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Europa: Characteristics and Habitability Jeff Jablonski

Europa and Habitability : 

Europa and Habitability While earlier astrobiologists believed that Mars had the greatest potential for life other than Earth in our Solar System, it is now suggested that the most likely candidate is Europa, one of Jupiter's sixteen moons. Jovian Satellite: Discovered by Galileo Galilei 1610. Mean radius of 1569 kilometers (.25 Earths “oblong” orbit caused by gravitational forces of other satellites Io and Ganymede

Surface : 

Surface First noticeable feature of Europa is its intense, cracked surface and general lack of many craters. Surface of Europa is covered in ice. This has been determined due to the surface absorbing infrared light with wavelengths of 1.4 and 1.8 microns. This is a characteristic of ice. These streaks, are known as Lineae are formed by shifting ice over time. Also the result of possible underwater ice eruptions on fault lines.

Atmosphere :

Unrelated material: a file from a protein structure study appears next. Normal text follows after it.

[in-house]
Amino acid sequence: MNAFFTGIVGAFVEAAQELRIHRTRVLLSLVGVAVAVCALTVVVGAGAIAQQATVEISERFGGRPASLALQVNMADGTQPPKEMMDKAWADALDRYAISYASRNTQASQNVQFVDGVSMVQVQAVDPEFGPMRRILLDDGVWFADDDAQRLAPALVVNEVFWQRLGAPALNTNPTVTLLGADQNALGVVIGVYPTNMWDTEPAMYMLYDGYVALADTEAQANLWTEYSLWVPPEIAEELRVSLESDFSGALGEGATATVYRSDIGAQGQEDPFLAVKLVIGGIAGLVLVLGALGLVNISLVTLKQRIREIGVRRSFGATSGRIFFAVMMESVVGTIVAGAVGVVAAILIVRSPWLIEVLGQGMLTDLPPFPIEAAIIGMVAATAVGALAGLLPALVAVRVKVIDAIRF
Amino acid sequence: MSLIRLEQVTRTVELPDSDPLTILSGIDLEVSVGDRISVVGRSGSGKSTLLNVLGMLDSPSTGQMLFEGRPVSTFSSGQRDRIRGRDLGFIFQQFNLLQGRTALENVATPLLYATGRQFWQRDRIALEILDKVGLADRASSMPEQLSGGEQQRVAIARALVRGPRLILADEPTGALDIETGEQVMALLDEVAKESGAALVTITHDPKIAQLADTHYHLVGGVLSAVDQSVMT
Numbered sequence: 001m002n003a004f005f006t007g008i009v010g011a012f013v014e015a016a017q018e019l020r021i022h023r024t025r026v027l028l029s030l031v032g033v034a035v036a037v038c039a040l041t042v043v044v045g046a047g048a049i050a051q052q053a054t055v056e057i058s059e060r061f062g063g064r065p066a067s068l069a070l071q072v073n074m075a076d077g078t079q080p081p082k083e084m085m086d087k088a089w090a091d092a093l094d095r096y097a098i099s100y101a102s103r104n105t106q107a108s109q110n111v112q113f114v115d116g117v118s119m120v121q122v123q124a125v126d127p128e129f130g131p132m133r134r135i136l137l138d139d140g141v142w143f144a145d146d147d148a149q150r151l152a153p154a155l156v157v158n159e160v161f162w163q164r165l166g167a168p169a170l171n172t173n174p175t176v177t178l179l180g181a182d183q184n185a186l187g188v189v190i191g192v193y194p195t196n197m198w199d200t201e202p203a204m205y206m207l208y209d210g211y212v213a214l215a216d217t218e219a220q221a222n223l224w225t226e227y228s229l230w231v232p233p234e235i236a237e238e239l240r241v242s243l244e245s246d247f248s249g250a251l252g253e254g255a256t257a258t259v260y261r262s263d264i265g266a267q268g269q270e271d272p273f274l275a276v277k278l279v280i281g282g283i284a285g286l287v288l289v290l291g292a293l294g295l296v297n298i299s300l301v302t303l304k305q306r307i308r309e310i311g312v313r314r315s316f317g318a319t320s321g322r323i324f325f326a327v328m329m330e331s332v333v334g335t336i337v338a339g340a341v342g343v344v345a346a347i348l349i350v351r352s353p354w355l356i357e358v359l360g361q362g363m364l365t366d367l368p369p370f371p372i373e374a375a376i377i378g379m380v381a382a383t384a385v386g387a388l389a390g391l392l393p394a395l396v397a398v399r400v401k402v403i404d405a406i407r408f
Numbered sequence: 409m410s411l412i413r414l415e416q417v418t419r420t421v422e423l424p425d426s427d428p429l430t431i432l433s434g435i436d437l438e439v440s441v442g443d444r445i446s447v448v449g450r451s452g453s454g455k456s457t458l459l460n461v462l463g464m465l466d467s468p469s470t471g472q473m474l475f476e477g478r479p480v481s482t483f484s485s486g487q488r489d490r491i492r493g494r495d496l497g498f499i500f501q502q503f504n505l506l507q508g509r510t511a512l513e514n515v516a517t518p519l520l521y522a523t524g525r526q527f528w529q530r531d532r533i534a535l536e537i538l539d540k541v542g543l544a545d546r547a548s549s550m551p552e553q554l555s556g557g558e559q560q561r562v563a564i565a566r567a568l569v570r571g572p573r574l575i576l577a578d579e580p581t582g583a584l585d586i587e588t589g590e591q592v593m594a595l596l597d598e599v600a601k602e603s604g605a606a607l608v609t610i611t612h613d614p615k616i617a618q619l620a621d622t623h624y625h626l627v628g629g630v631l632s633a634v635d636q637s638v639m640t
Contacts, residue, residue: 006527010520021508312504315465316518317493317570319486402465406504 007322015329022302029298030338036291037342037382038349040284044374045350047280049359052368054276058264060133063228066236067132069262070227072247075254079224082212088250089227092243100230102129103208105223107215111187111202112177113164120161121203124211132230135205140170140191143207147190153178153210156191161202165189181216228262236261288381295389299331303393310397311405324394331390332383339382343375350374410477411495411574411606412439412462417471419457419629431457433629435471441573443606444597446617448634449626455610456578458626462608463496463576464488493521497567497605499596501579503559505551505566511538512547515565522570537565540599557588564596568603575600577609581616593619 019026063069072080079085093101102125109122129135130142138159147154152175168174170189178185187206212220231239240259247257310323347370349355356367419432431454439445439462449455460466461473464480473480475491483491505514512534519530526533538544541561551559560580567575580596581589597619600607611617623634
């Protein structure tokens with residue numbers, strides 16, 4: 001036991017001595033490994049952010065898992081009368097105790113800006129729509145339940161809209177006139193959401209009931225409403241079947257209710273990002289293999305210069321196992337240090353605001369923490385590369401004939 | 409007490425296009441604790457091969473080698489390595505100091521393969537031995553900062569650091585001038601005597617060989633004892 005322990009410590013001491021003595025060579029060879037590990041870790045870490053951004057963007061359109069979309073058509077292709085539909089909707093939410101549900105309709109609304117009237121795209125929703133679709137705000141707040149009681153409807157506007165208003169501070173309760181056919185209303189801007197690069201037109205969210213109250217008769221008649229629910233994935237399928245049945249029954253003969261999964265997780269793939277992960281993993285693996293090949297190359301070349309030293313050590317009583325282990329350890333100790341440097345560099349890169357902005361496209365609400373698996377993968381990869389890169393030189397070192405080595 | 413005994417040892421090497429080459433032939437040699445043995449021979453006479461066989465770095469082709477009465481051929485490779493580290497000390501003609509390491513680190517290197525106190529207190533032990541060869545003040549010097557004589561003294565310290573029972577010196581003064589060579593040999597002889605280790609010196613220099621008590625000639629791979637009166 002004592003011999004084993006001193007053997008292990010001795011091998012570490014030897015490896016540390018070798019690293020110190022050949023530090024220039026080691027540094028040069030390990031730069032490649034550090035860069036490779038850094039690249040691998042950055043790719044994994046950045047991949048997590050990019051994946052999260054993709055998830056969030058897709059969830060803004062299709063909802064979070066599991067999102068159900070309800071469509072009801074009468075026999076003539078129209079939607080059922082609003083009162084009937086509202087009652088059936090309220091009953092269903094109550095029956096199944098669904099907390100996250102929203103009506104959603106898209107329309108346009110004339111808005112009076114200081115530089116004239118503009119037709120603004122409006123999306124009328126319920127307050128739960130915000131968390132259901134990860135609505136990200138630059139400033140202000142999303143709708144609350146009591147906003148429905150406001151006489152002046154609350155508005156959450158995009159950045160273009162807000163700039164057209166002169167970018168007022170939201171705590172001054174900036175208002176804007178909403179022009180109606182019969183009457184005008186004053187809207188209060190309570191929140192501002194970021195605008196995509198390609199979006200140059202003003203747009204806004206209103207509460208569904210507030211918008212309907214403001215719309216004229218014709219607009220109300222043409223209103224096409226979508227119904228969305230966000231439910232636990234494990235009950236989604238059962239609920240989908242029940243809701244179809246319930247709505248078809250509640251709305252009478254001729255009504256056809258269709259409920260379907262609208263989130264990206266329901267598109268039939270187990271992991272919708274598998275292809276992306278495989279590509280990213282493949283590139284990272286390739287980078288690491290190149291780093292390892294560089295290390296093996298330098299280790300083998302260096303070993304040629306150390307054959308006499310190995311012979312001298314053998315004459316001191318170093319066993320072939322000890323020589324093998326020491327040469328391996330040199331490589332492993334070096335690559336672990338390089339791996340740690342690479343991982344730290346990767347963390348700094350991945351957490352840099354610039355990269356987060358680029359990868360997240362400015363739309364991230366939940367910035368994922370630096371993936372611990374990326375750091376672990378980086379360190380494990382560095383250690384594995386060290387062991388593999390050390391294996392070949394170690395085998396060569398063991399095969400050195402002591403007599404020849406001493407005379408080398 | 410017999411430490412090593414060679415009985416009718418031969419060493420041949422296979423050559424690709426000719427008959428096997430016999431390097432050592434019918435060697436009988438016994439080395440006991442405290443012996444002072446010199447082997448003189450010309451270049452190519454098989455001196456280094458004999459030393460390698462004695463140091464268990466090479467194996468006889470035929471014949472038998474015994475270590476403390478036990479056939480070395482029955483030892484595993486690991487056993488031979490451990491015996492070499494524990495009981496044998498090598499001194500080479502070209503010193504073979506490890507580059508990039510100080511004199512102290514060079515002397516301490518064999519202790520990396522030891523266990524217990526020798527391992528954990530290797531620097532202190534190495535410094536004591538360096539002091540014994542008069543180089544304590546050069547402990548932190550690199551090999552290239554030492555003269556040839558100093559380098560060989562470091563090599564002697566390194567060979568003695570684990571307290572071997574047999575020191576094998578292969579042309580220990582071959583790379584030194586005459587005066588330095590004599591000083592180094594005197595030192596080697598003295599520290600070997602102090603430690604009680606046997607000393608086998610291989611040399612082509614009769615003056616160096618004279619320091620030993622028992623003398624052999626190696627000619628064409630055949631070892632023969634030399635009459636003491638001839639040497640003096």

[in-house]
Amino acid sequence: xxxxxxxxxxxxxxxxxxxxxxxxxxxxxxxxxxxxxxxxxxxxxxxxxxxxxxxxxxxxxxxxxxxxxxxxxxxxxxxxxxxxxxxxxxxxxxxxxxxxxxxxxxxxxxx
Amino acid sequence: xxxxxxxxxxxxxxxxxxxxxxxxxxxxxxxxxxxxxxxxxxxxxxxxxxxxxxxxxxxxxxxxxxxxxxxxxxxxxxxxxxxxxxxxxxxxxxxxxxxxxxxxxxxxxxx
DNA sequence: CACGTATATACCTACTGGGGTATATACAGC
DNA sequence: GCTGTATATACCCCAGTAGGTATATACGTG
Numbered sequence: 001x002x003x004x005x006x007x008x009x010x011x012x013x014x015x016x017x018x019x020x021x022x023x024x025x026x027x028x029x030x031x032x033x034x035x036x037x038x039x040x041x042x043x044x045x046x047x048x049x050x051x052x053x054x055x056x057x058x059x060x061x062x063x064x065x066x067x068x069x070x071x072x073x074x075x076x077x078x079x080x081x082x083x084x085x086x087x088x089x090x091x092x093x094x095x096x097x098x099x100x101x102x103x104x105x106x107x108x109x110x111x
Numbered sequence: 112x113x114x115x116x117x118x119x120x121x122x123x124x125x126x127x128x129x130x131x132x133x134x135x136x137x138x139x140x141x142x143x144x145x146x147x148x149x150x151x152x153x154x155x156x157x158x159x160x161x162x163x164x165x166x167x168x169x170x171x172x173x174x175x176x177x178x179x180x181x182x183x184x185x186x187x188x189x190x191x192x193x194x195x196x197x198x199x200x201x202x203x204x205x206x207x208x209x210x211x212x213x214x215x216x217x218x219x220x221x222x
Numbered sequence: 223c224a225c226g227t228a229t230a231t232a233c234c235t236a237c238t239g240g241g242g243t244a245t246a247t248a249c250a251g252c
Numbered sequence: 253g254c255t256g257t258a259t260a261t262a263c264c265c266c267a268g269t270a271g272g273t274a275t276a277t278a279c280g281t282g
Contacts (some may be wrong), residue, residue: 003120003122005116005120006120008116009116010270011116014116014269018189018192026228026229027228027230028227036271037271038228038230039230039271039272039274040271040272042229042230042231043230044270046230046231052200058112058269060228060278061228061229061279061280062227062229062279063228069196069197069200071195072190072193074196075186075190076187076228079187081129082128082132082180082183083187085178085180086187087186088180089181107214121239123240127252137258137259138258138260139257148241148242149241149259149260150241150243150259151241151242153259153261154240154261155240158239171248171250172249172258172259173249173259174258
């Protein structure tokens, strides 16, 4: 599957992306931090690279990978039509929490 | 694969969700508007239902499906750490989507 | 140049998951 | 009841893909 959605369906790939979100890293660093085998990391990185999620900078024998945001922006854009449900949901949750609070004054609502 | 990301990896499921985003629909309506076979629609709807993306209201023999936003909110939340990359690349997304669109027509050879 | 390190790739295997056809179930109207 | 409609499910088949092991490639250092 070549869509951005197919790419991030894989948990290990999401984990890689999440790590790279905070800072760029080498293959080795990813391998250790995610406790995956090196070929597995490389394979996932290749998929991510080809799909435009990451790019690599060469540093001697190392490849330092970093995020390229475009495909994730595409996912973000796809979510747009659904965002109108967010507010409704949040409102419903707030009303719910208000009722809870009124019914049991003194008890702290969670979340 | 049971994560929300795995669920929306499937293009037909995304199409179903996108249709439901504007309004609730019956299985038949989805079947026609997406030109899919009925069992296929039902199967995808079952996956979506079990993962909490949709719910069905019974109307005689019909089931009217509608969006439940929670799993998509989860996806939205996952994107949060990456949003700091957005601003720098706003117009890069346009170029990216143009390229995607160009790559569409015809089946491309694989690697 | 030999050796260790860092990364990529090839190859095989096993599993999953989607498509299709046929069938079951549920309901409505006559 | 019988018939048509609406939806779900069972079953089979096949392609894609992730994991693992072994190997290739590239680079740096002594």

Atmosphere Europa has an atmosphere, although it is only composed of oxygen. O2 is formed through radiolysis: charged particles hitting Europa's surface, rather than being biologically produced. Atmospheric pressure is 10 x ^-12 the pressure of Earth's.

Subsurface Ocean : 

Subsurface Ocean Below the icy surface of Europa is a vast ocean. Ocean theory comes from observation of surface cracks. Lack of many impact craters on Europa's surface suggest relatively fast movement of surface, most likely from moving fluid underneath. Craters that are there have observable ice rings produced by water. Ocean is thought to be roughly 60 km deep. This means that its volume would be much larger than Earth's. Twice as much water than Earth More evidence for a current active subsurface ocean was discovered in 2000 when the Galileo spacecraft "The direction that a magnetic compass on Europa would point to flips around in a way that's best explained by the presence of a layer of electrically conducting liquid, such as saltwater, beneath the ice," - Dr. Margaret Kivelson, 2000

Implications for Existence of Life on Europa : 

Implications for Existence of Life on Europa Some conditions necessary for life: Heat, liquid water and organic material. Volcanic activity provides geothermal heat. Galileo also showed evidence of convection cells bringing up material from below the surface. Anaerobic microbial live that live around underwater hydrothermal vents are one example of organisms that are able to live under extreme conditions (without light). Liquid water, paired with oxygen in the atmosphere has the potential to produce not just microbial species, but more complex organisms.

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